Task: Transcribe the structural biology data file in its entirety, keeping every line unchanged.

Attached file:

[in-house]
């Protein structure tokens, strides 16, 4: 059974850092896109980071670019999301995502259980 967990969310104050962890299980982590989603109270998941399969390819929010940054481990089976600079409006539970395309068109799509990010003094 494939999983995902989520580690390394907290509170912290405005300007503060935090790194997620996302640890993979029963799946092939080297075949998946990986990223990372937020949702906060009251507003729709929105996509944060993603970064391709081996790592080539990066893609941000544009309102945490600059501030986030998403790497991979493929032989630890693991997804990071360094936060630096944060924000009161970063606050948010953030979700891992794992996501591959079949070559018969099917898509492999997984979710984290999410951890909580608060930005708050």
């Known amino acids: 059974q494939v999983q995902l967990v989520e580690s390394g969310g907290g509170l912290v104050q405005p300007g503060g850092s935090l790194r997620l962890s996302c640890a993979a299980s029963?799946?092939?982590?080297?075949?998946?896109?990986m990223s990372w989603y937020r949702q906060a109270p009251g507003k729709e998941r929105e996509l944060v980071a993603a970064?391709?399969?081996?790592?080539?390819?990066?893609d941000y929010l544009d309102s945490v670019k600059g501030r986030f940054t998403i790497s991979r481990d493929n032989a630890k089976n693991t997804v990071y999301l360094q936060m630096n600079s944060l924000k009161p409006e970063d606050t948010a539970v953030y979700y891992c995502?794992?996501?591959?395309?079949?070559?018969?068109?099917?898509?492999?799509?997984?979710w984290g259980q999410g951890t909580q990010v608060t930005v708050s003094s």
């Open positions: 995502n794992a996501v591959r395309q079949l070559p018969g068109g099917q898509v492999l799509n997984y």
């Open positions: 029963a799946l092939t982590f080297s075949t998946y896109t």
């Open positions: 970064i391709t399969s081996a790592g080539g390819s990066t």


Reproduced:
[in-house]
């Protein structure tokens, strides 16, 4: 059974850092896109980071670019999301995502259980 967990969310104050962890299980982590989603109270998941399969390819929010940054481990089976600079409006539970395309068109799509990010003094 494939999983995902989520580690390394907290509170912290405005300007503060935090790194997620996302640890993979029963799946092939080297075949998946990986990223990372937020949702906060009251507003729709929105996509944060993603970064391709081996790592080539990066893609941000544009309102945490600059501030986030998403790497991979493929032989630890693991997804990071360094936060630096944060924000009161970063606050948010953030979700891992794992996501591959079949070559018969099917898509492999997984979710984290999410951890909580608060930005708050």
């Known amino acids: 059974q494939v999983q995902l967990v989520e580690s390394g969310g907290g509170l912290v104050q405005p300007g503060g850092s935090l790194r997620l962890s996302c640890a993979a299980s029963?799946?092939?982590?080297?075949?998946?896109?990986m990223s990372w989603y937020r949702q906060a109270p009251g507003k729709e998941r929105e996509l944060v980071a993603a970064?391709?399969?081996?790592?080539?390819?990066?893609d941000y929010l544009d309102s945490v670019k600059g501030r986030f940054t998403i790497s991979r481990d493929n032989a630890k089976n693991t997804v990071y999301l360094q936060m630096n600079s944060l924000k009161p409006e970063d606050t948010a539970v953030y979700y891992c995502?794992?996501?591959?395309?079949?070559?018969?068109?099917?898509?492999?799509?997984?979710w984290g259980q999410g951890t909580q990010v608060t930005v708050s003094s």
């Open positions: 995502n794992a996501v591959r395309q079949l070559p018969g068109g099917q898509v492999l799509n997984y």
């Open positions: 029963a799946l092939t982590f080297s075949t998946y896109t």
């Open positions: 970064i391709t399969s081996a790592g080539g390819s990066t």